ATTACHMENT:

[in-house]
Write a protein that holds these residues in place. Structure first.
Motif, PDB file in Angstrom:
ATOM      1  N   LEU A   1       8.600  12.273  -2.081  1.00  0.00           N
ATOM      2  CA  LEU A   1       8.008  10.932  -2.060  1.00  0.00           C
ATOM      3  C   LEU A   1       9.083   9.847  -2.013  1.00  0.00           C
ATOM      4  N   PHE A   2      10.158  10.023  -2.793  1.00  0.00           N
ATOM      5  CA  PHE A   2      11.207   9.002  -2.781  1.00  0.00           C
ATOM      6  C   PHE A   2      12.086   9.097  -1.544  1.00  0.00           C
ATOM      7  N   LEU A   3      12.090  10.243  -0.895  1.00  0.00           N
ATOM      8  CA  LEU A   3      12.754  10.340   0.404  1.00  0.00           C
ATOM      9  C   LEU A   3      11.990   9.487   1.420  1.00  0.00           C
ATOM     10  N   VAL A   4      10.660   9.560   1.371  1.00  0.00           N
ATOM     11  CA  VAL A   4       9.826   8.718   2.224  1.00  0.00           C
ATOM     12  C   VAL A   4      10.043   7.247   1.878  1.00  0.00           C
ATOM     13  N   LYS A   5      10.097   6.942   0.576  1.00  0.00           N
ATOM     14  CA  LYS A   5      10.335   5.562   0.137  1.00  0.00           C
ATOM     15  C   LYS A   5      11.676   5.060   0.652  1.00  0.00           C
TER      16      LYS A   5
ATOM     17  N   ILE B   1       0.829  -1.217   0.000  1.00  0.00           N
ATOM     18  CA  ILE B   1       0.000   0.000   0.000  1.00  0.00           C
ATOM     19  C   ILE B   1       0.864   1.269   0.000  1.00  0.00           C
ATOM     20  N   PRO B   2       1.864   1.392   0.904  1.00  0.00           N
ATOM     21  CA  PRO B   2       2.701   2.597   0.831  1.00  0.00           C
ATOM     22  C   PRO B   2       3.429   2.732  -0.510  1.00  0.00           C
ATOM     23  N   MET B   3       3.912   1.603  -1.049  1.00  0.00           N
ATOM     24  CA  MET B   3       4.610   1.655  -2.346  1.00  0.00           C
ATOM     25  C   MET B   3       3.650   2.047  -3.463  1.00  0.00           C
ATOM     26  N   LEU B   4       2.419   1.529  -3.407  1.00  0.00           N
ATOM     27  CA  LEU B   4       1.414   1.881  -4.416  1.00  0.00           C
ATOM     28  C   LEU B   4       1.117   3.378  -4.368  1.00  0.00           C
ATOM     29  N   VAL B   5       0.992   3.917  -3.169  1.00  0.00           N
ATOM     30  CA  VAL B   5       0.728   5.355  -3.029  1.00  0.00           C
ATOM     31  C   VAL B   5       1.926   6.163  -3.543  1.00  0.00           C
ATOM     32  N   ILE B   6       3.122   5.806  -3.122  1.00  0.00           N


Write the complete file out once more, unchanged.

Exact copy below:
[in-house]
Write a protein that holds these residues in place. Structure first.
Motif, PDB file in Angstrom:
ATOM      1  N   LEU A   1       8.600  12.273  -2.081  1.00  0.00           N
ATOM      2  CA  LEU A   1       8.008  10.932  -2.060  1.00  0.00           C
ATOM      3  C   LEU A   1       9.083   9.847  -2.013  1.00  0.00           C
ATOM      4  N   PHE A   2      10.158  10.023  -2.793  1.00  0.00           N
ATOM      5  CA  PHE A   2      11.207   9.002  -2.781  1.00  0.00           C
ATOM      6  C   PHE A   2      12.086   9.097  -1.544  1.00  0.00           C
ATOM      7  N   LEU A   3      12.090  10.243  -0.895  1.00  0.00           N
ATOM      8  CA  LEU A   3      12.754  10.340   0.404  1.00  0.00           C
ATOM      9  C   LEU A   3      11.990   9.487   1.420  1.00  0.00           C
ATOM     10  N   VAL A   4      10.660   9.560   1.371  1.00  0.00           N
ATOM     11  CA  VAL A   4       9.826   8.718   2.224  1.00  0.00           C
ATOM     12  C   VAL A   4      10.043   7.247   1.878  1.00  0.00           C
ATOM     13  N   LYS A   5      10.097   6.942   0.576  1.00  0.00           N
ATOM     14  CA  LYS A   5      10.335   5.562   0.137  1.00  0.00           C
ATOM     15  C   LYS A   5      11.676   5.060   0.652  1.00  0.00           C
TER      16      LYS A   5
ATOM     17  N   ILE B   1       0.829  -1.217   0.000  1.00  0.00           N
ATOM     18  CA  ILE B   1       0.000   0.000   0.000  1.00  0.00           C
ATOM     19  C   ILE B   1       0.864   1.269   0.000  1.00  0.00           C
ATOM     20  N   PRO B   2       1.864   1.392   0.904  1.00  0.00           N
ATOM     21  CA  PRO B   2       2.701   2.597   0.831  1.00  0.00           C
ATOM     22  C   PRO B   2       3.429   2.732  -0.510  1.00  0.00           C
ATOM     23  N   MET B   3       3.912   1.603  -1.049  1.00  0.00           N
ATOM     24  CA  MET B   3       4.610   1.655  -2.346  1.00  0.00           C
ATOM     25  C   MET B   3       3.650   2.047  -3.463  1.00  0.00           C
ATOM     26  N   LEU B   4       2.419   1.529  -3.407  1.00  0.00           N
ATOM     27  CA  LEU B   4       1.414   1.881  -4.416  1.00  0.00           C
ATOM     28  C   LEU B   4       1.117   3.378  -4.368  1.00  0.00           C
ATOM     29  N   VAL B   5       0.992   3.917  -3.169  1.00  0.00           N
ATOM     30  CA  VAL B   5       0.728   5.355  -3.029  1.00  0.00           C
ATOM     31  C   VAL B   5       1.926   6.163  -3.543  1.00  0.00           C
ATOM     32  N   ILE B   6       3.122   5.806  -3.122  1.00  0.00           N